How to Open & Run A Care Home

16 mins

Carer with senior With an ageing population and ever-rising life expectancy rates, it’s likely that demand for care homes in the UK will increase in the coming years. So, you may feel like now is an appropriate time for starting a care home business. Opening and running a care home is a rewarding experience, but just like setting up any other business, it requires careful planning, dedication, and adherence to regulations.

To help make the first stages of your business planning process as straightforward as possible, we’ve put together this handy guide on how to start a care home. Whether you’re setting up a residential home or nursing home, we’ve got the information you need going forward. This comprehensive guide outlines the steps involved in setting up a care home in the UK and running it, covering the different types of care homes, legal requirements, calculating budget and costs, and more.


Types of care home

Carer Wearing PPE

Generally, a care home provides essential services to vulnerable individuals who require assistance with daily activities. However, there are multiple types of care homes which provide different services. Below we’ll take a closer look at the main types of care home and what they offer.

Residential care homes

Sometimes known as assisted living facilities, residential care homes are designed for individuals who need help with everyday essential activities, such as bathing, dressing, eating, and getting around. These facilities offer a more independent living environment compared to other types of care homes and focus on providing assistance with non-medical tasks. While residential care homes do not provide intensive medical care, staff members here can assist residents with medication reminders, basic health monitoring, and arranging medical appointments. However, they are not equipped to handle more complex medical conditions.

Staff in residential care homes assist residents with daily living and provide social engagement, sometimes in the form of social activities. While some staff members may have basic training in assisting with personal care, the level of medical training is generally lower compared to nursing homes.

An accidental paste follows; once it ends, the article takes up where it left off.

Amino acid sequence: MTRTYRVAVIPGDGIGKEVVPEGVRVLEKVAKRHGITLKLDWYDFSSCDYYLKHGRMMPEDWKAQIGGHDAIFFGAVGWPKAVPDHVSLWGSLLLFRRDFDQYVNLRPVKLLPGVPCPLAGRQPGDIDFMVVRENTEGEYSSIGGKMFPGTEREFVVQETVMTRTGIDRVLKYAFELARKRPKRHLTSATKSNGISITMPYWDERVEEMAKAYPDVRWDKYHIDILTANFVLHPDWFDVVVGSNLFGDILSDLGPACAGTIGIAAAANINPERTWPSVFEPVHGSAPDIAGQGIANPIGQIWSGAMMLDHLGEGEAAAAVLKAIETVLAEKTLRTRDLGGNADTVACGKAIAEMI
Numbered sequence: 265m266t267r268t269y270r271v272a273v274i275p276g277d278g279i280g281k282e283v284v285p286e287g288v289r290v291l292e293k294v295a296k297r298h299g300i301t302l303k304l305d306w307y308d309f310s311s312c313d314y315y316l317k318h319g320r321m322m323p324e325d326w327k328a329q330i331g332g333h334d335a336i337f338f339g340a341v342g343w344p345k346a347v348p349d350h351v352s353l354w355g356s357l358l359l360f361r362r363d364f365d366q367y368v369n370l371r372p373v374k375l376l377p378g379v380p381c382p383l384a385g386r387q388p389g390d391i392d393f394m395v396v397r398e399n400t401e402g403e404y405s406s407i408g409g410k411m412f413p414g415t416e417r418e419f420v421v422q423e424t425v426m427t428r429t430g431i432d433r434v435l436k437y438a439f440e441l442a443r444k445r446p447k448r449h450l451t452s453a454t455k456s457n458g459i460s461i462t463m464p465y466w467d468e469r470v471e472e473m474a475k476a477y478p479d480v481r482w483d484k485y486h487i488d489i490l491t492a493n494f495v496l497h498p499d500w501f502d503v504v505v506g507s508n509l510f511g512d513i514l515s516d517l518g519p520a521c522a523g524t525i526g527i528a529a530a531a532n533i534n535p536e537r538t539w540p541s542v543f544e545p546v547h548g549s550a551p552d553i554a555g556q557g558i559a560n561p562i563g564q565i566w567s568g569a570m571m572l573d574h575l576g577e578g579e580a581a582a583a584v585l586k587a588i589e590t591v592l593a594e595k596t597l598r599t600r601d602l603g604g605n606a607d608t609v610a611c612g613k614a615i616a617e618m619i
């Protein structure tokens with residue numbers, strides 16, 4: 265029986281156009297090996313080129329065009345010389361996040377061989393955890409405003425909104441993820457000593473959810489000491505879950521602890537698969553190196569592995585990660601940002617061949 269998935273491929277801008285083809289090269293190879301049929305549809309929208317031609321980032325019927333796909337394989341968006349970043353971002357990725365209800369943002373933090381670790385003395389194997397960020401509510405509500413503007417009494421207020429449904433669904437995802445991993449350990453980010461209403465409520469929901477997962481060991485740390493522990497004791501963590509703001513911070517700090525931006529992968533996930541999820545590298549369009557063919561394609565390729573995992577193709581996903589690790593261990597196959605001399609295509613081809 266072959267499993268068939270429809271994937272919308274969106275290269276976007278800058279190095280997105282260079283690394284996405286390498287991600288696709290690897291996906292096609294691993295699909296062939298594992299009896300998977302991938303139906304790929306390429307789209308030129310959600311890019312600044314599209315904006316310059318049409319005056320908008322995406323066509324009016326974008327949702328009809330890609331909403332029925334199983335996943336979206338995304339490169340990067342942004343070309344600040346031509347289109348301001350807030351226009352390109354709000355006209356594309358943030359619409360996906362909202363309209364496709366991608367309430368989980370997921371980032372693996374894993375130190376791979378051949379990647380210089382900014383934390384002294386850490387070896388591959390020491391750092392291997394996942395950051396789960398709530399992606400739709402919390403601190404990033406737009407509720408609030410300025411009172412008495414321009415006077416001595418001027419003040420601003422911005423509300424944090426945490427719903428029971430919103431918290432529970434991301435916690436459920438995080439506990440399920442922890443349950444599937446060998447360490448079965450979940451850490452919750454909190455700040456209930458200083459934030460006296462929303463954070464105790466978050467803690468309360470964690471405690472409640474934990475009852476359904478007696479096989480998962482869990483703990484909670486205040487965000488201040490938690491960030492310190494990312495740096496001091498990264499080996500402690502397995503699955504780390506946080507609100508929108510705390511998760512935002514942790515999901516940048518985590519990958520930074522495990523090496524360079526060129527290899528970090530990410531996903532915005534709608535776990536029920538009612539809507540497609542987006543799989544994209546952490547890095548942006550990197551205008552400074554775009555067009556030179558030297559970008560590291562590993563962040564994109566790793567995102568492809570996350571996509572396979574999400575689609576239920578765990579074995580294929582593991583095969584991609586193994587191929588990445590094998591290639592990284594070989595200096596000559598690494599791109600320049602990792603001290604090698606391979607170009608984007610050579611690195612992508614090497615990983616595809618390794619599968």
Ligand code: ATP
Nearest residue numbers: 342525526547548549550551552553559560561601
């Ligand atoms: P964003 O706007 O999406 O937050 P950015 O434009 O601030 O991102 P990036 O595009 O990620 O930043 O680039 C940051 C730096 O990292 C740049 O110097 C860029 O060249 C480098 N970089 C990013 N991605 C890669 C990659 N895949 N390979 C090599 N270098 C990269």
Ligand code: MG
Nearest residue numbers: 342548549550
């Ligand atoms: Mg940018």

Nursing homes

Nursing homes are intended for individuals with more complex medical needs. These facilities provide around-the-clock skilled nursing care and medical services for individuals who require medical supervision, medication management, wound care, rehabilitation therapies, and other medical interventions. Nursing homes are equipped with a higher level of medical equipment and staff than residential care homes. They are capable of managing a wider range of medical conditions and providing ongoing medical care.

As well as providing medical care, nursing homes also offer most, if not all, of the services offered at residential care homes, such as help with day-to-day tasks and help participating in social activities.

Specialist care homes

If you have an interest in or experience with a specific condition, you may want to open a specialist care home. These homes are designed for people with these conditions and are catered to making their daily lives as comfortable and pleasant as possible. One of the most common types of specialist care homes found in the UK is dementia care homes. These facilities provide specialist care to people living with dementia and often staff nurses with specific dementia training.

Respite care homes

Respite care homes offer a safe and supportive environment for individuals in need of care while their primary caregivers take some time off to rest, go on holiday, address personal needs, or manage their other responsibilities. This temporary break can be crucial for maintaining the well-being of the caregiver, as constant caregiving can be physically and emotionally demanding. They can also be used temporarily by patients who have been discharged from hospital but are not yet ready to return to living independently.